This belief that others are more competent and you are less competent results in setting up high standards for everyone else. People who suffer from delusions of inferiority live a life in which they are constantly disappointed when others do not live up to their expectations.
Another risk for the person with delusions of inferiority is that they will push their offspring to be more than they were. The effort here is to live through their children’s accomplishments. The result is, most often that the child can never be enough to meet this parents needs and the next generations of delusions of inferiority are set in place.
You discount your accomplishments.
If you feel that you are inherently defective or flawed you need to discount your accomplishments. Rather than see the things you do as evidence you are just as worthy as others, the person with delusions of inferiority will dismiss their successes as just luck, an accident, the result of someone else helping them; as something of no great value.
Giving yourself a round of applause for something well done will not result in a swelled head or any of those other maladies people who are stingy with compliments fear. There is more danger from not ever hearing praise than from hearing too much.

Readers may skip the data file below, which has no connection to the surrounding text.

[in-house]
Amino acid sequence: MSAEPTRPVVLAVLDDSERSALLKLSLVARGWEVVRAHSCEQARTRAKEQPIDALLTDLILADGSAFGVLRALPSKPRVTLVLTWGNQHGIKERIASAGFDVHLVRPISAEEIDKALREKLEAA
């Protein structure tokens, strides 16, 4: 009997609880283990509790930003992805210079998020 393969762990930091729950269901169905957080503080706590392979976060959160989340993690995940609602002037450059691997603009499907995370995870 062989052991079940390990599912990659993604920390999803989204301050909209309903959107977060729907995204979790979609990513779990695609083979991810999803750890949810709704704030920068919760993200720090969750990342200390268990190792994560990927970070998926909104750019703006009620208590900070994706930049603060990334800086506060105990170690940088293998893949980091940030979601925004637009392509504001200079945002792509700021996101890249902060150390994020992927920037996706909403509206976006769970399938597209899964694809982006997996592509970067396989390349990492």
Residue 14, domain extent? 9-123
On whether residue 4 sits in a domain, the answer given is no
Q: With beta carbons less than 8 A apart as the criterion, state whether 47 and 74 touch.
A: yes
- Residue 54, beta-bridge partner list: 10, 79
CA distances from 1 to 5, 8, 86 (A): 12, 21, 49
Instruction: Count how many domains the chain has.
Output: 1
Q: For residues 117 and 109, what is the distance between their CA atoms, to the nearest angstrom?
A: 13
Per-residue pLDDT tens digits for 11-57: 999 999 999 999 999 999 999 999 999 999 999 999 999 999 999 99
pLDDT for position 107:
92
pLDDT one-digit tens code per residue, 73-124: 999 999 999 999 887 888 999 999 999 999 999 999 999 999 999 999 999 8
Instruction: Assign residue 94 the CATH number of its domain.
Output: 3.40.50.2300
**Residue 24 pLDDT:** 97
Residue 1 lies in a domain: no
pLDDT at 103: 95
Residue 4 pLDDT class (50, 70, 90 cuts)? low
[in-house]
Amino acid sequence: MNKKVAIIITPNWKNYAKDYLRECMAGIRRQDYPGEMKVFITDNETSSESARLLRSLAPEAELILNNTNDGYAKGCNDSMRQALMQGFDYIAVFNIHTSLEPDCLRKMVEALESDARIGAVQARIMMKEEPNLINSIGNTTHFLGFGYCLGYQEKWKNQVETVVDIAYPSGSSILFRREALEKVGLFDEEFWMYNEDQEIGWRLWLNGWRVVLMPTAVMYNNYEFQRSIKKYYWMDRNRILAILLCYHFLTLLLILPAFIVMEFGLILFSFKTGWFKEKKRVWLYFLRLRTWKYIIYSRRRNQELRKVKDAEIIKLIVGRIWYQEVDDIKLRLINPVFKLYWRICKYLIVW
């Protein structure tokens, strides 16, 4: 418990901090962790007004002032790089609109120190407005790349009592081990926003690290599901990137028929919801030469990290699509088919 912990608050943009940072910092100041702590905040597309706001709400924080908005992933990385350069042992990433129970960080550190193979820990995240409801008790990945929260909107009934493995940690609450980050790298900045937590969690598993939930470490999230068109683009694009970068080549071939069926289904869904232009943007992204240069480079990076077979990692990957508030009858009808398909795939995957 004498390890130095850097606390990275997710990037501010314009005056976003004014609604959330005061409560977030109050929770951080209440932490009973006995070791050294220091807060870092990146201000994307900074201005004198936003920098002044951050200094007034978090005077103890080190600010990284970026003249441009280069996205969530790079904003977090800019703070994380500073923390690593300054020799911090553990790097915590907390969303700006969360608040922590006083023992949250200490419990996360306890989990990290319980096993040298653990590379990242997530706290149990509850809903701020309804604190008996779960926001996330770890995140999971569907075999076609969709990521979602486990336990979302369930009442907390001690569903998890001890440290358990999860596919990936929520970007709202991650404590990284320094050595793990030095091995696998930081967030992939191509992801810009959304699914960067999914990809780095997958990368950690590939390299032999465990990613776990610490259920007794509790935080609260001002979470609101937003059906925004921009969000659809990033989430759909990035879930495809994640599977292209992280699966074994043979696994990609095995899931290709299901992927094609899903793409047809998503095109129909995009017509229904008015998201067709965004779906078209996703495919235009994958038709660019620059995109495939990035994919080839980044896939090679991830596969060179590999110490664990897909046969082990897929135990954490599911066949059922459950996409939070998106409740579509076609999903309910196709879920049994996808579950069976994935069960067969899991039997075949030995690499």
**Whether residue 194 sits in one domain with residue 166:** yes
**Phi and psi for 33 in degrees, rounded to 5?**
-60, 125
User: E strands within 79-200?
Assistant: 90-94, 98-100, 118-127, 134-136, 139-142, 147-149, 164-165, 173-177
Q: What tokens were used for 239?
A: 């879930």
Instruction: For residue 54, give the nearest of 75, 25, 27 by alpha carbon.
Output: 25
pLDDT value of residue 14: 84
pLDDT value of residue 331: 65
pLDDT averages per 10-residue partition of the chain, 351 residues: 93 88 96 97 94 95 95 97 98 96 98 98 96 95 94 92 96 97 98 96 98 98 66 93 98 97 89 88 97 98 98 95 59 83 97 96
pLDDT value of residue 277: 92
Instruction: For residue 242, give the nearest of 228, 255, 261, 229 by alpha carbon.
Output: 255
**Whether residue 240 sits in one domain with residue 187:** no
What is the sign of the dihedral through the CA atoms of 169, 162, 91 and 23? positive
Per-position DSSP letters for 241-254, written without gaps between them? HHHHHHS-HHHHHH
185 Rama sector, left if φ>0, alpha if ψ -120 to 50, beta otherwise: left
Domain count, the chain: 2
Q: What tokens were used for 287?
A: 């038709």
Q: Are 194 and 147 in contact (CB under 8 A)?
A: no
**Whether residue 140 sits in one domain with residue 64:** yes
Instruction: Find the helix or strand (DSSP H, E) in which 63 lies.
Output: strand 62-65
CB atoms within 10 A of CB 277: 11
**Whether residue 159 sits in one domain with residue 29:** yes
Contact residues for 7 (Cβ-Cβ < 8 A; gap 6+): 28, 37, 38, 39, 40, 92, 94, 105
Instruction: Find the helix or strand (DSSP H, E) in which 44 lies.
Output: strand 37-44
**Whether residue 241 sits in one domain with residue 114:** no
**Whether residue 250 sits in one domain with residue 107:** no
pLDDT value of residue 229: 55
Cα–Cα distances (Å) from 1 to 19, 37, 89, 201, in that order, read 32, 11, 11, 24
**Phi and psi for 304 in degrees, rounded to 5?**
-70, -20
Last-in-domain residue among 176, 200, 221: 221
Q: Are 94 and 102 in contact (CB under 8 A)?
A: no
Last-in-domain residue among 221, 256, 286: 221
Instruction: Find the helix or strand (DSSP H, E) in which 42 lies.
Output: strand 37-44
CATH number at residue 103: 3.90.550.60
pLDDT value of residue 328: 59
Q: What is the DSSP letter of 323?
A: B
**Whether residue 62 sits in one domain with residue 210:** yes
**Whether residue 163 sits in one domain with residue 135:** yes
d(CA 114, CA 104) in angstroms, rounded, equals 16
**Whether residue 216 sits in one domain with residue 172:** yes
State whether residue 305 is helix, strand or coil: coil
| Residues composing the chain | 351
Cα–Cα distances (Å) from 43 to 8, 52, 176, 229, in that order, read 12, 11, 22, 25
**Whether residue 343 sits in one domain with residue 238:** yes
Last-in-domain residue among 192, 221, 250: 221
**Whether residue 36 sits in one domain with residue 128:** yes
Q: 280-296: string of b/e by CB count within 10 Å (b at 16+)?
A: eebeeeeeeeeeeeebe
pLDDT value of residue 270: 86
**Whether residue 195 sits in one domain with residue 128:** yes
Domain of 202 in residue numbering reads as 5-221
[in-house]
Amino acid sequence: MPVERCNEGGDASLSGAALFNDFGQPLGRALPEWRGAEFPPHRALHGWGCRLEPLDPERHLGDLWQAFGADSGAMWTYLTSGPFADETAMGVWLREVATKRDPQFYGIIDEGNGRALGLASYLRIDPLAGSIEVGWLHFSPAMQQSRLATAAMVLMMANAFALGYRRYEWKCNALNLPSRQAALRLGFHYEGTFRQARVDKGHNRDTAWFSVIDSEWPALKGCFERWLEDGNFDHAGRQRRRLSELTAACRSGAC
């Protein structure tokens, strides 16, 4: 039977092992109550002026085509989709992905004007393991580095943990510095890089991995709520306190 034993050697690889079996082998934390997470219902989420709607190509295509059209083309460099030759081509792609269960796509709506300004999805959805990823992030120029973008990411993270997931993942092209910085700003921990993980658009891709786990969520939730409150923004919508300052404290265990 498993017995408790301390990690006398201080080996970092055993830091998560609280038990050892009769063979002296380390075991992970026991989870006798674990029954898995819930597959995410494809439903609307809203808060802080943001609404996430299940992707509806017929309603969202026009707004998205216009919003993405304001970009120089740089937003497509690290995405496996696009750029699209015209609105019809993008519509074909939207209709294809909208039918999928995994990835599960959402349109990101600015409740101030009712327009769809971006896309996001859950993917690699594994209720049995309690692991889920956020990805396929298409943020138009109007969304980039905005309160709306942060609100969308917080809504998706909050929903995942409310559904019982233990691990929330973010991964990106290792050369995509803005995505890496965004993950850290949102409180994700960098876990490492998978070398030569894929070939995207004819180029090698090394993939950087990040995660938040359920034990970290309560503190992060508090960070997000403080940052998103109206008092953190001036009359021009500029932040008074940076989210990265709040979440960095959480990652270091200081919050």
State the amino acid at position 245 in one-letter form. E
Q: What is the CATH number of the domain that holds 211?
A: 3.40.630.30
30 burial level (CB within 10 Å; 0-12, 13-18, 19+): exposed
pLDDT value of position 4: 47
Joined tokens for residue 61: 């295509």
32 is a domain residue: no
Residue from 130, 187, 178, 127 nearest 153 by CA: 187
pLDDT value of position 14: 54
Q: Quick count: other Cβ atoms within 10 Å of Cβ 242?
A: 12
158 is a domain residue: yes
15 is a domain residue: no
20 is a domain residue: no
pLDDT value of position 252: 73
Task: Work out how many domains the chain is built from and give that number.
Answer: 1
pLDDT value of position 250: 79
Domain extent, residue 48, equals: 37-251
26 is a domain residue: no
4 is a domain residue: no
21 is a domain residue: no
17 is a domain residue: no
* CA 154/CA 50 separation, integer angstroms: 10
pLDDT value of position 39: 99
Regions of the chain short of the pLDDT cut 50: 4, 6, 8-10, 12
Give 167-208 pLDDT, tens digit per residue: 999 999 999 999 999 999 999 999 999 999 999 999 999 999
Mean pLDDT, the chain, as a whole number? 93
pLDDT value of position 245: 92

You find it impossible to accept a compliment.
Do you find it hard to accept compliments? Do you wonder why people say nice things about you? You may have so thoroughly convinced yourself that you are less than others that you think people who are complimenting you are lying.
People with delusions of inferiority will avoid potential friends as they can’t imagine anyone wanting them for a friend.
You seek praise and popularity.
People with low self-worth, delusions of inferiority may constantly seek praise and compliments even when they are unable to accept those compliments. When you do not feel you deserve praise no amount will satisfy your hunger.
There are some thoughts about delusions of inferiority, their causes, and their cures. What do you think about this subject? Do you feel unworthy or are you moving towards the happy life you deserve?
Two David Joel Miller Books are available now!
Your cruising along the road of life and then wham, something knocks you in the ditch. If you have gone through a divorce, break up or lost a job you may have found your life off track. Bumps on the Road of Life is the story of how people get off track and how to get your life out of the ditch.
Casino Robbery is a novel that explores the world of a man with PTSD who must cope with his symptoms to solve a mystery and create a new life.
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For more about David Joel Miller and my work in the areas of mental health, substance abuse and Co-occurring disorders see the about the author page or my Facebook author’s page, David Joel Miller. A list of books I have read and can recommend is over at Recommended Books. If you are in the Fresno California area, information about my private practice is at counselorfresno.com.